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Re: Why are turboprops so named ?

Posted: Mon Nov 18, 2019 7:00 am
by YIMBY
SheikhDjibouti wrote:
Nevertheless, I can believe that many have a bias against propellers, without them actually being able to explain why. Perhaps it is simply fear of the unknown? :roll:


Because most, essentially all modern turbprop powered airliners are small, and often cramped (configured for short flight time), have small overhead lockers, serve only snacks if even that, lack IFE, and are loaded by bus.

Were there an uncramped 150-seater, 3+3 abreast, using jet... - sorry, propbridges - people might consider it like 737 or 320.

To the original question, given the (justified) shame for climate pollution, it would make sense to change the turboprop name (for the next generation planes) to something more environmentally appealing, 'ecothruster' or whoever more creative comes with a nice name that is technically not too wrong. That may make people to prefer those over jets.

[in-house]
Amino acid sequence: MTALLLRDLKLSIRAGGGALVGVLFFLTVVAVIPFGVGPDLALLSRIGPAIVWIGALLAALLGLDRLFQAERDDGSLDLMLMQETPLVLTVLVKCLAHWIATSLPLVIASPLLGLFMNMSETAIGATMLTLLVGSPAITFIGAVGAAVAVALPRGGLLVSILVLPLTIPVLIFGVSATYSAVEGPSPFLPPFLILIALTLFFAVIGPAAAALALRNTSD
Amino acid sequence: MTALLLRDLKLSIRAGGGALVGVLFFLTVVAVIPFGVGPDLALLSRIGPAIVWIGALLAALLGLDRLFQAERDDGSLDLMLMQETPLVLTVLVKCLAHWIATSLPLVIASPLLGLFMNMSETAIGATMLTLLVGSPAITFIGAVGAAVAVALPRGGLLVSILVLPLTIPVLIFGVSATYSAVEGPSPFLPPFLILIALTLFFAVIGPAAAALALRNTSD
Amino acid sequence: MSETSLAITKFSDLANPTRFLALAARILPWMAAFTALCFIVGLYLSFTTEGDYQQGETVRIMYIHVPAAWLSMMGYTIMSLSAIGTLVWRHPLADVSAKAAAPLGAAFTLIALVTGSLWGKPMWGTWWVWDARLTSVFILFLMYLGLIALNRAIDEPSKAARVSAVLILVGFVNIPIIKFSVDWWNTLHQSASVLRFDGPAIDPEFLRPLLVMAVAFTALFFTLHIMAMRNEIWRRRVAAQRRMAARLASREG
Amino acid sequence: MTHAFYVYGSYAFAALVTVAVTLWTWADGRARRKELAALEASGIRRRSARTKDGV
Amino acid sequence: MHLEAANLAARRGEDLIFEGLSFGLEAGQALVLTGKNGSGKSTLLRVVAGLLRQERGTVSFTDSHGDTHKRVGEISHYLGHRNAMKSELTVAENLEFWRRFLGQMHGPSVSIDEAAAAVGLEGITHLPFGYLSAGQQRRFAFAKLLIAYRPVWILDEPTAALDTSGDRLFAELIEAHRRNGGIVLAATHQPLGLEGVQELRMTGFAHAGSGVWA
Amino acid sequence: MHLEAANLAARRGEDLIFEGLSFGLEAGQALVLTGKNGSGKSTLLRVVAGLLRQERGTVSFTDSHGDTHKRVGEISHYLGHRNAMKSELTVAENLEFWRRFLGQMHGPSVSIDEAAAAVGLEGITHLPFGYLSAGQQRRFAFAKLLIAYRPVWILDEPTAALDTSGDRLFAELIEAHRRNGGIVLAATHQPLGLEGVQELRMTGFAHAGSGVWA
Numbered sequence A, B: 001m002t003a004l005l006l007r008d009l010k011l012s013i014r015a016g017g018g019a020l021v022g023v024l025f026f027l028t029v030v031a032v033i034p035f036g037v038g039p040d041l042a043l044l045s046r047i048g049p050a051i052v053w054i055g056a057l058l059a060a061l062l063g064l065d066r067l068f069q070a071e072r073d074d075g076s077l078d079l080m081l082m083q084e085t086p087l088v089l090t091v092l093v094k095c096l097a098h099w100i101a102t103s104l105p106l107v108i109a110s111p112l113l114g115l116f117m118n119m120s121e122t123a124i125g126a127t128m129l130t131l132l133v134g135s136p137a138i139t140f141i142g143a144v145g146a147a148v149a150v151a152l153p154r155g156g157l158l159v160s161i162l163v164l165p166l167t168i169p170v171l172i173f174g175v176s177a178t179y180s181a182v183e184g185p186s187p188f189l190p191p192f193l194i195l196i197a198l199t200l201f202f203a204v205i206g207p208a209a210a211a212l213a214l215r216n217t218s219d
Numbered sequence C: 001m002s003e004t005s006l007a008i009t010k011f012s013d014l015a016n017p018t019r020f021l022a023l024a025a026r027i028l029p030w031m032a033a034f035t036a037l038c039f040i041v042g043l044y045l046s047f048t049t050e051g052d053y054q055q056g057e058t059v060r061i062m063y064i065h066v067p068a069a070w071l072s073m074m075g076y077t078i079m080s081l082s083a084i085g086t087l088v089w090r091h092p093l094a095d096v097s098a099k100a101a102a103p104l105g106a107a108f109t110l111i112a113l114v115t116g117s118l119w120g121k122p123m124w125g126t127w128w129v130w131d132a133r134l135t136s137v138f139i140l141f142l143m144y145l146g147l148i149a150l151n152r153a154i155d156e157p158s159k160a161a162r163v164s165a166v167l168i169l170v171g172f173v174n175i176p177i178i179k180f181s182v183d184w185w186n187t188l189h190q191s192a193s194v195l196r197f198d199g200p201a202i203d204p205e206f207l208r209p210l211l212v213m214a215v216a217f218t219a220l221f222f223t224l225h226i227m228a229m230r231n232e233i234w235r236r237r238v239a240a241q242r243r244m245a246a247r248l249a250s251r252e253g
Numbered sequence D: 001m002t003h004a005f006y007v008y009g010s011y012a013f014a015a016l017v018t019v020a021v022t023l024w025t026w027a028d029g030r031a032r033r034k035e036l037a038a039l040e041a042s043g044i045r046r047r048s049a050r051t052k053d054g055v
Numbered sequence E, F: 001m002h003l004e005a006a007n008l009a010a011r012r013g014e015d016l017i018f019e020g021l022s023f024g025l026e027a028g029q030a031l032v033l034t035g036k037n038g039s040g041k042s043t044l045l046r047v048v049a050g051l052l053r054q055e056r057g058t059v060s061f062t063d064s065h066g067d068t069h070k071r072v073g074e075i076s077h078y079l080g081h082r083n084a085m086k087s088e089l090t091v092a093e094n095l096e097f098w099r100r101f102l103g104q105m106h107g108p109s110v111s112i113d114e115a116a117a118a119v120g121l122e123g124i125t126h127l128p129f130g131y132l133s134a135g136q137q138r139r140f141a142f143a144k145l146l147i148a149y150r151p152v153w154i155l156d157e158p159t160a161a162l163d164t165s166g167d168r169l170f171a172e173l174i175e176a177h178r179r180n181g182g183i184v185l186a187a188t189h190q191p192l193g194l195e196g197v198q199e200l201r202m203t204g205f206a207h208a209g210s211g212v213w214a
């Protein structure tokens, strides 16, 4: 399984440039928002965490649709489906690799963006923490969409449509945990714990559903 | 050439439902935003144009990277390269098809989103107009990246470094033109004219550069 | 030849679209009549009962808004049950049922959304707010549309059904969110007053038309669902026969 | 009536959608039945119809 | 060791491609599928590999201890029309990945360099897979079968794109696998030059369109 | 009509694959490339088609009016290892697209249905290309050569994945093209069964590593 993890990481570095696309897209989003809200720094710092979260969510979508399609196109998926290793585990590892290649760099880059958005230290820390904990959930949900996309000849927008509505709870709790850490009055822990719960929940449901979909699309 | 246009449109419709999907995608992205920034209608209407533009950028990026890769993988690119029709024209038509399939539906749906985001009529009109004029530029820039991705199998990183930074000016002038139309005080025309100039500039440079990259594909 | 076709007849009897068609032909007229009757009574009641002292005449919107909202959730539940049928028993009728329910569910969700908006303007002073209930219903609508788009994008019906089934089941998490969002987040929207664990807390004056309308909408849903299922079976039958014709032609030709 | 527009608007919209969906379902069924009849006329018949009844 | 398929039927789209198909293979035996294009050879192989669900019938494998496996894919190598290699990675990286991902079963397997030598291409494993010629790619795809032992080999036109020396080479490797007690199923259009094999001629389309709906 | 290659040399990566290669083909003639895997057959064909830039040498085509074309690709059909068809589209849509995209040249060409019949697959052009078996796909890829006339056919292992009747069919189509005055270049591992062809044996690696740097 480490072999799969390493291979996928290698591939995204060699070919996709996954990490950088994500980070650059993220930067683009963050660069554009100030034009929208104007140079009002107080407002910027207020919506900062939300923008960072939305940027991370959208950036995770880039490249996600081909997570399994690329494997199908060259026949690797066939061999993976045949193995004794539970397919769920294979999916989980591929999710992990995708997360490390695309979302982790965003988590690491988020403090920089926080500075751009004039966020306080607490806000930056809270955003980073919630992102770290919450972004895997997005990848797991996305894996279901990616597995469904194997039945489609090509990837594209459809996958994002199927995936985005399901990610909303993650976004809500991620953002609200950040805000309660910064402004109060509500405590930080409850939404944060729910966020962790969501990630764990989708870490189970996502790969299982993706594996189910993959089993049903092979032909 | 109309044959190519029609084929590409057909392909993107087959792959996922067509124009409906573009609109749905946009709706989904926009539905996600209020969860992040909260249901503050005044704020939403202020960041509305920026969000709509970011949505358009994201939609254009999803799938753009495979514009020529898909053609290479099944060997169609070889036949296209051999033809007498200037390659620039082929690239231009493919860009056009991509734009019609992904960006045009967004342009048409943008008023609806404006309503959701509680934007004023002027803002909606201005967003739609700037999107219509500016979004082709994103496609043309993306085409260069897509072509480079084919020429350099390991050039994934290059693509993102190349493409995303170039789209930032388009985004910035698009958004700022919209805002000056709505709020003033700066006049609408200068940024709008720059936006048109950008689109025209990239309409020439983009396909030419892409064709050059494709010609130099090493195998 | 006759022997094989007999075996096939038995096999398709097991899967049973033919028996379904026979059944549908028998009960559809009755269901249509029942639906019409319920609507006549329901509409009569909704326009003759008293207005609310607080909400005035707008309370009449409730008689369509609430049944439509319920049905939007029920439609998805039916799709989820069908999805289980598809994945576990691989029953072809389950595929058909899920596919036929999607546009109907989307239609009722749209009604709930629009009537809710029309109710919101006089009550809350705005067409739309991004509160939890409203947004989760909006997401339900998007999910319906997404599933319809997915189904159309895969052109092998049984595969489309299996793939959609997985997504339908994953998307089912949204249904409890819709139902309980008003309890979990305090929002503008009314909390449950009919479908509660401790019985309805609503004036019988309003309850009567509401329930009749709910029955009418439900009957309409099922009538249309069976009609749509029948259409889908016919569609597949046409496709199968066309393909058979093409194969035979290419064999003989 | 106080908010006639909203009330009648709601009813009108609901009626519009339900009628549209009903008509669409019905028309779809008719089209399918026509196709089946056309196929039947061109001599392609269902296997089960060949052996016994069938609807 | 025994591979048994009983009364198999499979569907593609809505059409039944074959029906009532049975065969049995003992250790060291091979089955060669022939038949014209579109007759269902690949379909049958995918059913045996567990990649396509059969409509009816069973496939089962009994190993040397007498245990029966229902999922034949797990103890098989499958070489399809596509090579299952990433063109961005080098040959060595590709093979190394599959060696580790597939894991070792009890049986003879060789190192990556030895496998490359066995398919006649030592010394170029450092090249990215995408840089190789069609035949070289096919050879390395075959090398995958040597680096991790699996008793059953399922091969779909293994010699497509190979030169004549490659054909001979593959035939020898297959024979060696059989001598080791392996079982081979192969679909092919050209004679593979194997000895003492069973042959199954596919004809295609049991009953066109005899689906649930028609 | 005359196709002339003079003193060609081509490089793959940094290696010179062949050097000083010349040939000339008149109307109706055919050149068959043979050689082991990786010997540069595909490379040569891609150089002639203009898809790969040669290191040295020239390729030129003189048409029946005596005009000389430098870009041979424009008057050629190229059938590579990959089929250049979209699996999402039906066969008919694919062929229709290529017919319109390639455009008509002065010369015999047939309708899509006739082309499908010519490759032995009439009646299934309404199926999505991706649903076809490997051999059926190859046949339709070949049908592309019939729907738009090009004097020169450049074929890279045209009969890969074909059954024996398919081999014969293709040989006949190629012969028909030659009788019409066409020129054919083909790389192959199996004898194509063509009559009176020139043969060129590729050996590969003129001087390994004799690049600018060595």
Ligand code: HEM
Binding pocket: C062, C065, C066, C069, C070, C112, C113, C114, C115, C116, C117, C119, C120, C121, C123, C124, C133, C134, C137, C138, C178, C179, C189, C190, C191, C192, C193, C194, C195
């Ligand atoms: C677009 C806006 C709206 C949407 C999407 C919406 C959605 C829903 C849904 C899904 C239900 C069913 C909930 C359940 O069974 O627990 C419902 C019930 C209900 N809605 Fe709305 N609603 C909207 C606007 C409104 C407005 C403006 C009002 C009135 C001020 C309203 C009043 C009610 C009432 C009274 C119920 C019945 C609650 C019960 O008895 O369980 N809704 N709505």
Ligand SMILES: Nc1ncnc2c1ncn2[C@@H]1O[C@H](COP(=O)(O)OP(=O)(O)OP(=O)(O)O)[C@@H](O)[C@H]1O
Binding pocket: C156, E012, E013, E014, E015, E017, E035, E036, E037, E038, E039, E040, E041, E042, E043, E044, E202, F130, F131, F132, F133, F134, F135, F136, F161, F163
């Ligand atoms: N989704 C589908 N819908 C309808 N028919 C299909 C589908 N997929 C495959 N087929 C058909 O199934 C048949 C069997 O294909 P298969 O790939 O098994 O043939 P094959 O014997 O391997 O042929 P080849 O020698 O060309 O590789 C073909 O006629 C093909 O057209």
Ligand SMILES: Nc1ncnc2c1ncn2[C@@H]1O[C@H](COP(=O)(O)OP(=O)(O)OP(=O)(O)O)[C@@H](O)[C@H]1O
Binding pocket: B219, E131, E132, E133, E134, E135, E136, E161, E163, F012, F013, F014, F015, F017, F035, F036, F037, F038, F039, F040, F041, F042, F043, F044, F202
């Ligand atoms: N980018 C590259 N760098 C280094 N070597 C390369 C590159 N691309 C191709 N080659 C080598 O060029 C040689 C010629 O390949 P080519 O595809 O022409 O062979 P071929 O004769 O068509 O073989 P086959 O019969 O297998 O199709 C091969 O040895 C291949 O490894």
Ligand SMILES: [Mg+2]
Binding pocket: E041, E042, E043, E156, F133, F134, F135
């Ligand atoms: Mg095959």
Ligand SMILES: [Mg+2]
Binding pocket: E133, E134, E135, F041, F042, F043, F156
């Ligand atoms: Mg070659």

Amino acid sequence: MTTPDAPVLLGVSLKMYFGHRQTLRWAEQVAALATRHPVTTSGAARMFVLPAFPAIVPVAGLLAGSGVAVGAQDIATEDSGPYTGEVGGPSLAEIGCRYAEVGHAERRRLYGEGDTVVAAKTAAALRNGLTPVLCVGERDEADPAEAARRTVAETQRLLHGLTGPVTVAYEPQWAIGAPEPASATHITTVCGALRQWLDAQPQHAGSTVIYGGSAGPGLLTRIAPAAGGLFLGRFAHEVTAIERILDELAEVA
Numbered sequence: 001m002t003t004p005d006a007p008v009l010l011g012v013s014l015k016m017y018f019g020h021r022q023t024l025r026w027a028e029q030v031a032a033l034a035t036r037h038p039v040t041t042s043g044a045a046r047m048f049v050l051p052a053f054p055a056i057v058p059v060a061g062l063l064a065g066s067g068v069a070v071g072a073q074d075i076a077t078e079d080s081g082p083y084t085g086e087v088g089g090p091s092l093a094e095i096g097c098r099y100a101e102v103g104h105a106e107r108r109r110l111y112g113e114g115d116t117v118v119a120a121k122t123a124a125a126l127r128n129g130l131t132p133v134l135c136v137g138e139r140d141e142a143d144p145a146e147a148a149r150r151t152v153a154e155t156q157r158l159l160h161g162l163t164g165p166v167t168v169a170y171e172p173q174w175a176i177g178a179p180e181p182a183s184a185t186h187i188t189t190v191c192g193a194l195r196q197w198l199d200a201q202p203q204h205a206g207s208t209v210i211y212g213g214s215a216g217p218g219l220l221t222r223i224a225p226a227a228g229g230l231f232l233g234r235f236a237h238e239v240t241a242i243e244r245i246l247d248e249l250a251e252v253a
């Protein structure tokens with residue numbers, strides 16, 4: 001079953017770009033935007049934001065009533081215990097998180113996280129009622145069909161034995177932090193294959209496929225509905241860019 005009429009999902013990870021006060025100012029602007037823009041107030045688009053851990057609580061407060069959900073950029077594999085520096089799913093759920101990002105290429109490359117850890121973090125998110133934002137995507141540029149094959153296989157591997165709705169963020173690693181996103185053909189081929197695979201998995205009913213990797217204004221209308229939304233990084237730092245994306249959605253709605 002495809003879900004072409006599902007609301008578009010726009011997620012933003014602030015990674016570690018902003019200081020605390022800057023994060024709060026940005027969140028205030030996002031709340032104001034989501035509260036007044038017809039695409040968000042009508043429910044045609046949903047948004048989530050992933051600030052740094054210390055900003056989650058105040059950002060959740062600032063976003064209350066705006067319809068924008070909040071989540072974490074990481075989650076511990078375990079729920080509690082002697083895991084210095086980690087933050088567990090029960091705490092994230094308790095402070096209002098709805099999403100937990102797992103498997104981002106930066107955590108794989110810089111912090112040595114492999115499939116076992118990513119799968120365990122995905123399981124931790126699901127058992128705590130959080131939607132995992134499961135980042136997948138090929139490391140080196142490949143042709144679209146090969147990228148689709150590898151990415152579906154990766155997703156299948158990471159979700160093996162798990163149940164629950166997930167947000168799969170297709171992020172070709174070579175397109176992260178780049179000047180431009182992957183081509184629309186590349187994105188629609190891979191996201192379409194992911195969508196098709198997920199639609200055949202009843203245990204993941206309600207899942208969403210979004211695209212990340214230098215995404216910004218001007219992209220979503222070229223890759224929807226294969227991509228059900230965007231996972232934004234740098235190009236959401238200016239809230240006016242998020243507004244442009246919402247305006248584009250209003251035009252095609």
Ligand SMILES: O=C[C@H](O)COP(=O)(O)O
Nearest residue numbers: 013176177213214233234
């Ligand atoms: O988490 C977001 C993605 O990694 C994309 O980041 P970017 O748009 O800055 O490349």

Re: Why are turboprops so named ?

Posted: Mon Nov 18, 2019 11:31 pm
by SheikhDjibouti
YIMBY wrote:
Because most, essentially all modern turbprop powered airliners are small, and often cramped (configured for short flight time), have small overhead lockers, serve only snacks if even that, lack IFE, and are loaded by bus.

Were there an uncramped 150-seater, 3+3 abreast, using jet... - sorry, propbridges - people might consider it like 737 or 320.

Small. Is there a problem with small? Some of my most enjoyable flights were in small aircraft. Smaller queues at the gate. Quicker to board. Quicker to disembark. Less competition for checked bags at the carousel. But then I'm an a.nut, so these things might not impress the masses.

Often cramped. You have just described every single flight I have taken in the last fifteen years, except they were all on jet aircraft. Except one. (737, 747, 757, 767, 777, A320, MD-80, and Dash-8)
True, I wasn't flying business class, and I accept that the average turboprop fails to pamper elite flyers to the level they think they deserve.